I picked my grandparents up from Midway airport at 12:30 last night. Their flight was delayed, and apparently only a night owl like me was willing to drive around at that hour. They were returning from the wedding of their sixth grandchild. While in Colorado, they spent time with other children and grandchildren, celebrating the love between two young people. In a sense, they gained a grandchild over the weekend. But in reality, they actually lost one.
"Teddy was there. Oh he's such a good kid," she told me from the back seat as we went down Cicero avenue. "And your cousin Nathan, he was an usher. But he fainted during the ceremony!"
"Uh oh!" I smiled as she told me the weekend's stories.
"And your cousin Nick, he wasn't feeling up to par."
"Nick wasn't feeling good? Was he sick?"
"Yeah, he wasn't feeling well."
She knew that something was wrong, but she didn't know how wrong it actually was.
A couple days ago, my cousin Nick committed suicide. He was 20 years old. A couple days after the wedding, he and some of our family went to Yellowstone National Park. He jumped off a 300 foot cliff. His siblings, parents, uncles and cousins were there when it happened.
And now we're here. The family doesn't even know what to feel. I don't know what to feel. "Sad" isn't even a strong enough word. A mixture of confusion, desperation and devastation is flowing through the veins of every cousin, aunt and family member in my family.
Some of us found out yesterday. Some found out today, like me and my grandma. And some, namely the grandchild who is currently on his honeymoon, may not find out for another few weeks.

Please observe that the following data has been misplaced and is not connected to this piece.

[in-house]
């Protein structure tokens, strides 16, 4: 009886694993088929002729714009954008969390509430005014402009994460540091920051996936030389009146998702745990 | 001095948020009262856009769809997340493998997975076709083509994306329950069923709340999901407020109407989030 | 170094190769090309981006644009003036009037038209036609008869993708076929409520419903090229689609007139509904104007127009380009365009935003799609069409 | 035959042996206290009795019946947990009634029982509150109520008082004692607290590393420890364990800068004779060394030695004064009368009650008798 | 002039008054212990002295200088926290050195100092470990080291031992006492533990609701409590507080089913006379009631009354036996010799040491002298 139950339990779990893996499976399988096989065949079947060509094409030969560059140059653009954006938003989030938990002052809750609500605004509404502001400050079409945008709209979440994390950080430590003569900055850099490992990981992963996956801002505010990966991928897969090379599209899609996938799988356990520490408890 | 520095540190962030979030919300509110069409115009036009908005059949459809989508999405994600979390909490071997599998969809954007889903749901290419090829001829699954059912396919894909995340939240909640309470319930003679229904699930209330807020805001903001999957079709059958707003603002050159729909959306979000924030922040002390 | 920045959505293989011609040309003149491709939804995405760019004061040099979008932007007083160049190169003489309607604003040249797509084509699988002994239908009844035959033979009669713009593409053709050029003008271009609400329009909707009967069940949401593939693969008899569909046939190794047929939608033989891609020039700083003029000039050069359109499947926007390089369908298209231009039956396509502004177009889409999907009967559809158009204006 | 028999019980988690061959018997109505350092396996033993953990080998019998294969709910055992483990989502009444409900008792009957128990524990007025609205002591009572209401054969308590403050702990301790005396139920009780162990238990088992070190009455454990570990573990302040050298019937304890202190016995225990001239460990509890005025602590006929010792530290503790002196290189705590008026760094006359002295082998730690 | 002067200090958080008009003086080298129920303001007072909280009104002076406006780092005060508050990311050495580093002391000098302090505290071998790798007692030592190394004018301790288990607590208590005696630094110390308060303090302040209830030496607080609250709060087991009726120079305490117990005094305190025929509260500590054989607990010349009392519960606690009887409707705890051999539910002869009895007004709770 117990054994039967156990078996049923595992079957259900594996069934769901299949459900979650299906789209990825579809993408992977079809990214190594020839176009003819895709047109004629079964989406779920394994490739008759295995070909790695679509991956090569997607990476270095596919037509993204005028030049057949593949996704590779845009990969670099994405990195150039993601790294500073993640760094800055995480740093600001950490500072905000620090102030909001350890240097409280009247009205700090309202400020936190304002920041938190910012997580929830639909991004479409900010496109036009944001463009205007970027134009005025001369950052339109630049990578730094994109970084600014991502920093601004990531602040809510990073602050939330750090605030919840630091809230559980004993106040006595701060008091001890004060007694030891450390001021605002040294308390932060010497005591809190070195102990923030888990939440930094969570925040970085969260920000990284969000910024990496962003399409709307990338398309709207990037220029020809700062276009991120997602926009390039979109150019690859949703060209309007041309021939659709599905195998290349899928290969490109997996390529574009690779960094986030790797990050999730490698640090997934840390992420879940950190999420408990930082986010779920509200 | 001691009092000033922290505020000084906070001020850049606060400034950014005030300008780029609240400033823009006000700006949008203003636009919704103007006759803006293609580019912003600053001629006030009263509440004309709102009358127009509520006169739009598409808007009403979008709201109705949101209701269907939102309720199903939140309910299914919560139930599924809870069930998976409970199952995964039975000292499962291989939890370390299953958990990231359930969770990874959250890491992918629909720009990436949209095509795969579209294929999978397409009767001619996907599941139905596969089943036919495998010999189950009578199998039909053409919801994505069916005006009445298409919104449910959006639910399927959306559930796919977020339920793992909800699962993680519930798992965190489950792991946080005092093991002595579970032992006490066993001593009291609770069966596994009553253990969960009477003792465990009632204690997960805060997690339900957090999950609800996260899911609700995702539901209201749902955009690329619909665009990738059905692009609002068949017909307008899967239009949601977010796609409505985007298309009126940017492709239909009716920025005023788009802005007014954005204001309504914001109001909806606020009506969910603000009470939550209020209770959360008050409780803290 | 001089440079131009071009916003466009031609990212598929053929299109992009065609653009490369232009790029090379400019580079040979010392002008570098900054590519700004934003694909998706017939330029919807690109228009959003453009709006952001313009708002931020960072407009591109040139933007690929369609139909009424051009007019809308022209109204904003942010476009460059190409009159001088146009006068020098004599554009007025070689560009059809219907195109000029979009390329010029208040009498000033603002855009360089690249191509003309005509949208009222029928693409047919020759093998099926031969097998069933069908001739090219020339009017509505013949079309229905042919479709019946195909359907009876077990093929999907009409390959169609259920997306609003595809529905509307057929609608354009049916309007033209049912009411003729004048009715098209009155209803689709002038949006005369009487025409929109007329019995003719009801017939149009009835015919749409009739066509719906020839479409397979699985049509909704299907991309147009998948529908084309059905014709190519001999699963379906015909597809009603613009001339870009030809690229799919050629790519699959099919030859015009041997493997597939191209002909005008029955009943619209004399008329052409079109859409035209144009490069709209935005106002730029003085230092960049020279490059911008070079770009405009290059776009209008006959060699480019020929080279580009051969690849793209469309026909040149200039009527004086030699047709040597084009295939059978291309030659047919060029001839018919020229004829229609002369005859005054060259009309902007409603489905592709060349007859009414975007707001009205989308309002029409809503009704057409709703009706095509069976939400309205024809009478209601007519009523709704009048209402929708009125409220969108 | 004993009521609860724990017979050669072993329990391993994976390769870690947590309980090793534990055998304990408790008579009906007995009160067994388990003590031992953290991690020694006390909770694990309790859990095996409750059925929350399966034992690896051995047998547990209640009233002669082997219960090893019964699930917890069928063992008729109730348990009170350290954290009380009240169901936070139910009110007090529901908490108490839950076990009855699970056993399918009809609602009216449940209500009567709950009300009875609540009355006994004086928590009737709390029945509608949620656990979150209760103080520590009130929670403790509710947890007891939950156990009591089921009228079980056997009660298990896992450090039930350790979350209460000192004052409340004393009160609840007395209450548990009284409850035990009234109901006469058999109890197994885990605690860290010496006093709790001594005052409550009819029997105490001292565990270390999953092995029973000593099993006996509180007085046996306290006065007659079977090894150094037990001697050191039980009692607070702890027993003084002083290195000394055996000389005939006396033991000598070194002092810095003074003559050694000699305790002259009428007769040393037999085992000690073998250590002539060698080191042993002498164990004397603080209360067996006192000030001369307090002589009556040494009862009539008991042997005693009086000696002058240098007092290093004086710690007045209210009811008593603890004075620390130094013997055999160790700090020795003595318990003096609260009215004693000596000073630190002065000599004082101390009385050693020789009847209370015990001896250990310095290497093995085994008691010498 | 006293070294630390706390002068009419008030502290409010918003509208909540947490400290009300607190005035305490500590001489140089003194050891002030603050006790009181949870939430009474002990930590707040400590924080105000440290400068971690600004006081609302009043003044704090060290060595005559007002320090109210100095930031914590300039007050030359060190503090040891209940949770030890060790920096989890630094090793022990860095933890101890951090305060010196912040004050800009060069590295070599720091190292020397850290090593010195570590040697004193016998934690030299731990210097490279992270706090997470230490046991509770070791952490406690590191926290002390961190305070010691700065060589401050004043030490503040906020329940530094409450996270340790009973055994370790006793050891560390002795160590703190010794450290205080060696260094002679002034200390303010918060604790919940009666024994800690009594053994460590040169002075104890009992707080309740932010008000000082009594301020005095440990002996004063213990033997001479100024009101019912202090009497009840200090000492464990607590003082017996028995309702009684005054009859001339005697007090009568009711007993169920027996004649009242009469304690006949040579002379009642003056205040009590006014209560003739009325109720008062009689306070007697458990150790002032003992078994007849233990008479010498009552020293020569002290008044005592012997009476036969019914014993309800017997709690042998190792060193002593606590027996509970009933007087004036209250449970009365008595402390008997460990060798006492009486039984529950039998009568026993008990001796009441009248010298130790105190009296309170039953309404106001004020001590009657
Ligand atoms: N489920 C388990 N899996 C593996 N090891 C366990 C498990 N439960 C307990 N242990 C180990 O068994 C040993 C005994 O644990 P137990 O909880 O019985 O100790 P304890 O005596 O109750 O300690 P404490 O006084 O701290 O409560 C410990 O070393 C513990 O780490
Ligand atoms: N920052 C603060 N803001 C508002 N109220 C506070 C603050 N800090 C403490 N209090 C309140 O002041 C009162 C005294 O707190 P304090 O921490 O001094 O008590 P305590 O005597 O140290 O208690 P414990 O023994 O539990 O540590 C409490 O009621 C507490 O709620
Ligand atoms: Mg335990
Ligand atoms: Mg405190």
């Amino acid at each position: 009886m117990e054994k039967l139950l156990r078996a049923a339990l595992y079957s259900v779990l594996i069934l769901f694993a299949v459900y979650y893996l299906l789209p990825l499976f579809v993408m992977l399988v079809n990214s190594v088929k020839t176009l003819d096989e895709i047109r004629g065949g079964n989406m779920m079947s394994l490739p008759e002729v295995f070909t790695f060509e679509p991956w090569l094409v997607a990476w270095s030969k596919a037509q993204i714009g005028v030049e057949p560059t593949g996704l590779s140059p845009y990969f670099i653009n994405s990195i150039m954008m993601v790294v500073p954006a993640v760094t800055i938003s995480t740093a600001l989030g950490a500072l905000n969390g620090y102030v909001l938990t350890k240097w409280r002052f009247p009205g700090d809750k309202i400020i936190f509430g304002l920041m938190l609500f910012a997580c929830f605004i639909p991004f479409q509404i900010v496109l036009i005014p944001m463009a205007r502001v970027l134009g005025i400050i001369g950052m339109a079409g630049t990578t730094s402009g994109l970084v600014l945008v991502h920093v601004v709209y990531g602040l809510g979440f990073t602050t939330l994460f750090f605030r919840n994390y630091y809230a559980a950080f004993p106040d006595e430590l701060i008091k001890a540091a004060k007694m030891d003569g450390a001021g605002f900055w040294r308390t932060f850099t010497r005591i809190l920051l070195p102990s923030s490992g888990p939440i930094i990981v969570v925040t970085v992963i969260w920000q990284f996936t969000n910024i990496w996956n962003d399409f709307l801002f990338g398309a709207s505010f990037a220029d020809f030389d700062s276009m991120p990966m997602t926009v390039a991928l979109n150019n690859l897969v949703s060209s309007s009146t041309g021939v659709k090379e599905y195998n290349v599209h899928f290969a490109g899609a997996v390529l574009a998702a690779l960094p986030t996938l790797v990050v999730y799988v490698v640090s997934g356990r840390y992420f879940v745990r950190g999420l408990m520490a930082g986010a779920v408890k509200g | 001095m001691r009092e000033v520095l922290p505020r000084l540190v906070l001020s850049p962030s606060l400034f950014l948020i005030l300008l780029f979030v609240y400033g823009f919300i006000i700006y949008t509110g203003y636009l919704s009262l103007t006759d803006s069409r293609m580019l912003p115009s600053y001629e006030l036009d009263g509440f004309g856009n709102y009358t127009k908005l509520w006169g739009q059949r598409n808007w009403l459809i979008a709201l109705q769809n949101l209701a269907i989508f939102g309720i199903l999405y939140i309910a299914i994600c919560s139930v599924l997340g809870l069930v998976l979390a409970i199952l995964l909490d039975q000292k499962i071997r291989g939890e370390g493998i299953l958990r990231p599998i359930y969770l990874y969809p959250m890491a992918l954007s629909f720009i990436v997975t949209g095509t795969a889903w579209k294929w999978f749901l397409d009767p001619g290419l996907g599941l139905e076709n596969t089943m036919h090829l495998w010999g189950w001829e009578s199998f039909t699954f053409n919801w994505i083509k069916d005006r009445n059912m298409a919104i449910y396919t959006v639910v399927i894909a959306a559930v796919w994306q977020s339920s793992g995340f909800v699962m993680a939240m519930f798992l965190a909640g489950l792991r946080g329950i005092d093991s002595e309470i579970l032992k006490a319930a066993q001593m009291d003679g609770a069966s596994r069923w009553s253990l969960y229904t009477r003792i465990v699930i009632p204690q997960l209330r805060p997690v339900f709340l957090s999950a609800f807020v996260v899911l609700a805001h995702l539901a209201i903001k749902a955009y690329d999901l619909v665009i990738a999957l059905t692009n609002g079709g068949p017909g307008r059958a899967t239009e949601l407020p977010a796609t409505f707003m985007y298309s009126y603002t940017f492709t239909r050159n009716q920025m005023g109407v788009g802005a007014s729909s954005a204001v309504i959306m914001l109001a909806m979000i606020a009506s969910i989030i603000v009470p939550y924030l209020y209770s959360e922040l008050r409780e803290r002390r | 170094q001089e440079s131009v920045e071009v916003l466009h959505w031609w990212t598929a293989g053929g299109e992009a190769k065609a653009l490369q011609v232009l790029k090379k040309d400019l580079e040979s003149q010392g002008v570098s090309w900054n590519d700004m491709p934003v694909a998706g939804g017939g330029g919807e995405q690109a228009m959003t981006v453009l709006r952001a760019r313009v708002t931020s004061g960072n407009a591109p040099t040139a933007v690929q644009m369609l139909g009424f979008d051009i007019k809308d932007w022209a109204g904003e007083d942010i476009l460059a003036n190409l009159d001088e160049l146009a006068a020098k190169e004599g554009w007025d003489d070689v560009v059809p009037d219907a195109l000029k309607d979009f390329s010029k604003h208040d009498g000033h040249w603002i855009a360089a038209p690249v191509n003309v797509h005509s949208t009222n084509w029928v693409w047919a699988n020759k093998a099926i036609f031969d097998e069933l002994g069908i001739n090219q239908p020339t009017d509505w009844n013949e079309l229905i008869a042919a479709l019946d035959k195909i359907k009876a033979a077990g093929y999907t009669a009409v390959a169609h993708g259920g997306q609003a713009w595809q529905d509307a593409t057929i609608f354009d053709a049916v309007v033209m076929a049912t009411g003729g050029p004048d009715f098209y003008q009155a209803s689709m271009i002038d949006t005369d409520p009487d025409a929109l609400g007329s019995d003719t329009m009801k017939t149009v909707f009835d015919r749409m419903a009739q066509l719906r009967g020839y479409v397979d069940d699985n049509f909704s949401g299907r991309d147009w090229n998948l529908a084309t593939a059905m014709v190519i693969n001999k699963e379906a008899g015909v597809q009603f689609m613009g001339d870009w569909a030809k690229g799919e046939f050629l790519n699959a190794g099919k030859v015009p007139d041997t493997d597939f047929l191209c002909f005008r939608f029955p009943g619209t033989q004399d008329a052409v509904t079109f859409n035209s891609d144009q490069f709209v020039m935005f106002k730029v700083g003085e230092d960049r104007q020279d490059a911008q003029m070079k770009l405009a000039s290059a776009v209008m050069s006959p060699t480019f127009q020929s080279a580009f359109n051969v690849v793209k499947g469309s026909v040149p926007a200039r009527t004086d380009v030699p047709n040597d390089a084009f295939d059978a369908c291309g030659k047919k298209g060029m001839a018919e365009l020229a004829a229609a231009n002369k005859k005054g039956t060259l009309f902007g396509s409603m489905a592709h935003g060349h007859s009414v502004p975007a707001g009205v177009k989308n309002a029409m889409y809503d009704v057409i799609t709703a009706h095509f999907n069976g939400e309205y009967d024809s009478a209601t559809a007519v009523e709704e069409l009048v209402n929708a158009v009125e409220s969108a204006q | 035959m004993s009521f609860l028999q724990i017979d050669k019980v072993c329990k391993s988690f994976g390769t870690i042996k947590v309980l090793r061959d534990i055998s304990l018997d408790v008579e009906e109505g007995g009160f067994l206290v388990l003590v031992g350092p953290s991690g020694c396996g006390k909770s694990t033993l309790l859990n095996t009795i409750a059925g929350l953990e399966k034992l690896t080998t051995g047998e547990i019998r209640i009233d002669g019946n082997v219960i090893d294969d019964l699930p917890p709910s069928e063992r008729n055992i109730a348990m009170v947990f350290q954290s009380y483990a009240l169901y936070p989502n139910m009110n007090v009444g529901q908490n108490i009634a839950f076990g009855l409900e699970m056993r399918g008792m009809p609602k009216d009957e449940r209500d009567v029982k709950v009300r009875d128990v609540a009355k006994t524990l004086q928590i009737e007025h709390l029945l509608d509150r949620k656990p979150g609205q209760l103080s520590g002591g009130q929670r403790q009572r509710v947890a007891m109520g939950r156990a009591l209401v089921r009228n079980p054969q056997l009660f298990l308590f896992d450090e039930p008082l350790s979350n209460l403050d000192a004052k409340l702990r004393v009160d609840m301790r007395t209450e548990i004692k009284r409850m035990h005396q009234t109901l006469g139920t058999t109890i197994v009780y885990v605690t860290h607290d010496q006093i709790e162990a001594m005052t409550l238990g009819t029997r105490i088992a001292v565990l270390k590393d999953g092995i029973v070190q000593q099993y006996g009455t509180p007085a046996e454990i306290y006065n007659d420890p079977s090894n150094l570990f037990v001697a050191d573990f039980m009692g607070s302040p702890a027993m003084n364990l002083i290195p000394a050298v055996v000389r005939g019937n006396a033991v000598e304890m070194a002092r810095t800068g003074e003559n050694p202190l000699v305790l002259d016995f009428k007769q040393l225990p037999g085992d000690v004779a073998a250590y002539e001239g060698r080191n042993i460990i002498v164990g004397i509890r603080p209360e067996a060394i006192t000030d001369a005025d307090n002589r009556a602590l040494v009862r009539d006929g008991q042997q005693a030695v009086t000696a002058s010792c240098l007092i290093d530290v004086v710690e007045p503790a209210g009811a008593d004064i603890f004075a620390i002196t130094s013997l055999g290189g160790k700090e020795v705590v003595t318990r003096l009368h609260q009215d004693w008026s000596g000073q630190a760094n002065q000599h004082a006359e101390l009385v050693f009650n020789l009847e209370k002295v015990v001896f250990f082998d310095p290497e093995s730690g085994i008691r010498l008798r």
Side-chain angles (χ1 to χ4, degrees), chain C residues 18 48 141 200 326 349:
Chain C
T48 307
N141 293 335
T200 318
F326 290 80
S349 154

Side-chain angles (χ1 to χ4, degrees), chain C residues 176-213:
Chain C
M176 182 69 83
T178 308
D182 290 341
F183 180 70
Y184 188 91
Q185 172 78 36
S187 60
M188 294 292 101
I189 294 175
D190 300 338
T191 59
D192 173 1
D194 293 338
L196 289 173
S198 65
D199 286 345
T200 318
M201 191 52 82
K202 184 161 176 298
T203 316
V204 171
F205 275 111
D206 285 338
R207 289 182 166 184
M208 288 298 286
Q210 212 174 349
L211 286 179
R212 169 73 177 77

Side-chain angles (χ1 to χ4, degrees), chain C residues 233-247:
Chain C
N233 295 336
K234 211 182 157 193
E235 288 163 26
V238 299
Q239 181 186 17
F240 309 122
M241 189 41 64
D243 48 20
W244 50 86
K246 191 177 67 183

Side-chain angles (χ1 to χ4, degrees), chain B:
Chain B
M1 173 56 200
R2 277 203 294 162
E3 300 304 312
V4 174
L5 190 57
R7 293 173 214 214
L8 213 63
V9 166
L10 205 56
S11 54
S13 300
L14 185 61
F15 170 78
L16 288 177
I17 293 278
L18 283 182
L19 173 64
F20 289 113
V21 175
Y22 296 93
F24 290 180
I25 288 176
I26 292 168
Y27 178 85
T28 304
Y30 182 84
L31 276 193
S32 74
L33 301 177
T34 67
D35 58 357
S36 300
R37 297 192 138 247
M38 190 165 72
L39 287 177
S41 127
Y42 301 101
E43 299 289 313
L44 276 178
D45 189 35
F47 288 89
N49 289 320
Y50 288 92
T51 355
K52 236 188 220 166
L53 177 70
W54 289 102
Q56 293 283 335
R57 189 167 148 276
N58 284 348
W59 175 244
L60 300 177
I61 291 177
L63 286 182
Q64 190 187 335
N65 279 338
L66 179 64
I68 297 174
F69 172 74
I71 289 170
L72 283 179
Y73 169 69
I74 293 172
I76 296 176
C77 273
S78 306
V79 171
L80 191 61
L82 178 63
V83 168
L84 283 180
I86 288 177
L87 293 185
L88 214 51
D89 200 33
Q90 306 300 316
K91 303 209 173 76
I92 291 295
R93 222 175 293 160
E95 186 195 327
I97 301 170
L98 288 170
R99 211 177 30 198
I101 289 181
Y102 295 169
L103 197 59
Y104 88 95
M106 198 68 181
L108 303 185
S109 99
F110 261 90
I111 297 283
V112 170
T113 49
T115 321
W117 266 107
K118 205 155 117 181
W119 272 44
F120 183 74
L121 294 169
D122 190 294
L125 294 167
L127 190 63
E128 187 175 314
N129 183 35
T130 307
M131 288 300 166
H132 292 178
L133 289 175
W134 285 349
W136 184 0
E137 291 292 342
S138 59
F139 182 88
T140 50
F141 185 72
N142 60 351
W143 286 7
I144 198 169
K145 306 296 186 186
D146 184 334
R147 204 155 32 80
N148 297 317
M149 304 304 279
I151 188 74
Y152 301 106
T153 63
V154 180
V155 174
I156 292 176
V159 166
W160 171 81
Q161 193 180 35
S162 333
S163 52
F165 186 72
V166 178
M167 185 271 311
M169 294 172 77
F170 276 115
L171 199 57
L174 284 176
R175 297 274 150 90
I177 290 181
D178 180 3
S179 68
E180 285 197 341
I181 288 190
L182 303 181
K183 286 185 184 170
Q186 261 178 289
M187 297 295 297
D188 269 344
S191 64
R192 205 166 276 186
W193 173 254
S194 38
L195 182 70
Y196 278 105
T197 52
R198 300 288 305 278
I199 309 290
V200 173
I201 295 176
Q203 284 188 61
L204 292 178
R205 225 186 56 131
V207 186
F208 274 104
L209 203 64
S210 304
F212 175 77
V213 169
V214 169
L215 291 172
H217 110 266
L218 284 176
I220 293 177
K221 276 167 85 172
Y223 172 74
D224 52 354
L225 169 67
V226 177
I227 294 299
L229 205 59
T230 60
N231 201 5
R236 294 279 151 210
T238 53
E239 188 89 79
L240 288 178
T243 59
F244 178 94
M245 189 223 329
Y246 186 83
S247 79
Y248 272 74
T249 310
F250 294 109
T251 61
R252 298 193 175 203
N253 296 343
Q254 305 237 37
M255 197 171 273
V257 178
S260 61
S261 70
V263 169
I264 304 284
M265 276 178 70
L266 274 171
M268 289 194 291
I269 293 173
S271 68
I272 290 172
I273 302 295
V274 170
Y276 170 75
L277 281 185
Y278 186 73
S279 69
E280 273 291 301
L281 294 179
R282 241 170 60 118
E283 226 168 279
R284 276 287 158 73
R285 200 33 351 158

I write about death a lot, but when it actually touches you on the shoulder to remind you of how close it really is, words spoken seem trivial. There are no words to compliment death. But it hit a little close to home when I wrote "from dust we came, to dust we return" yesterday.
I wish I could have talked to him before he left. I wish I could have told him that he's not alone. Other family members wish other things. We're all helpless though. What's done is done. And we grieve a beautiful life lost. Nick was such a precious person. In his brief time here, he was always welcome in the world. Always welcome in the family.
There will be no talk of Heaven or Hell today. If you want to know what I think of that, read yesterday's post. Today, I am concerned with something that really happened. I am troubled by reality. This is no time for fairy tales.
All we can do now is support and love each other. It is no one's fault, and there's nothing we could have done. Nick made a choice, it was his to make. We can only mourn him now. Questions are on hold. Answers never. Prayer throughout. This is not a story. This is the reality we have to confront today.
Goodbye Nick. Thank you for your life.